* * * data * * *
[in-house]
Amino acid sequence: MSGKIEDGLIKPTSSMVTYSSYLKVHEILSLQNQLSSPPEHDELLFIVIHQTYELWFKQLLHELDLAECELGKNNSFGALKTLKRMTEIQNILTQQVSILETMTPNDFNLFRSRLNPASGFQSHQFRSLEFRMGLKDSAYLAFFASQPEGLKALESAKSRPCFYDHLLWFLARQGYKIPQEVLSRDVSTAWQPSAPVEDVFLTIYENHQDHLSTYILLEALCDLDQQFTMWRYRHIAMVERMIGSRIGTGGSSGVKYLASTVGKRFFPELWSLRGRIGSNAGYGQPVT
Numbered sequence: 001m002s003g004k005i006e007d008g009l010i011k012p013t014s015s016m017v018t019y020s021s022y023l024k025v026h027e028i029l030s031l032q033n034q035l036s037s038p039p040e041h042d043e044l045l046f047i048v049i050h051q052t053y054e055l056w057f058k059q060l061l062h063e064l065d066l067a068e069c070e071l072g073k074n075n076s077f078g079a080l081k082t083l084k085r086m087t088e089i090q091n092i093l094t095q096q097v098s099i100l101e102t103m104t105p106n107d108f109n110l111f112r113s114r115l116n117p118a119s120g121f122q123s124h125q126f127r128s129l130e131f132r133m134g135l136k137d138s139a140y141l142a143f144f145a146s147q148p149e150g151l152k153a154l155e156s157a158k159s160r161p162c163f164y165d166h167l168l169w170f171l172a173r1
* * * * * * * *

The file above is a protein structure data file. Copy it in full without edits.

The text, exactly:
[in-house]
Amino acid sequence: MSGKIEDGLIKPTSSMVTYSSYLKVHEILSLQNQLSSPPEHDELLFIVIHQTYELWFKQLLHELDLAECELGKNNSFGALKTLKRMTEIQNILTQQVSILETMTPNDFNLFRSRLNPASGFQSHQFRSLEFRMGLKDSAYLAFFASQPEGLKALESAKSRPCFYDHLLWFLARQGYKIPQEVLSRDVSTAWQPSAPVEDVFLTIYENHQDHLSTYILLEALCDLDQQFTMWRYRHIAMVERMIGSRIGTGGSSGVKYLASTVGKRFFPELWSLRGRIGSNAGYGQPVT
Numbered sequence: 001m002s003g004k005i006e007d008g009l010i011k012p013t014s015s016m017v018t019y020s021s022y023l024k025v026h027e028i029l030s031l032q033n034q035l036s037s038p039p040e041h042d043e044l045l046f047i048v049i050h051q052t053y054e055l056w057f058k059q060l061l062h063e064l065d066l067a068e069c070e071l072g073k074n075n076s077f078g079a080l081k082t083l084k085r086m087t088e089i090q091n092i093l094t095q096q097v098s099i100l101e102t103m104t105p106n107d108f109n110l111f112r113s114r115l116n117p118a119s120g121f122q123s124h125q126f127r128s129l130e131f132r133m134g135l136k137d138s139a140y141l142a143f144f145a146s147q148p149e150g151l152k153a154l155e156s157a158k159s160r161p162c163f164y165d166h167l168l169w170f171l172a173r1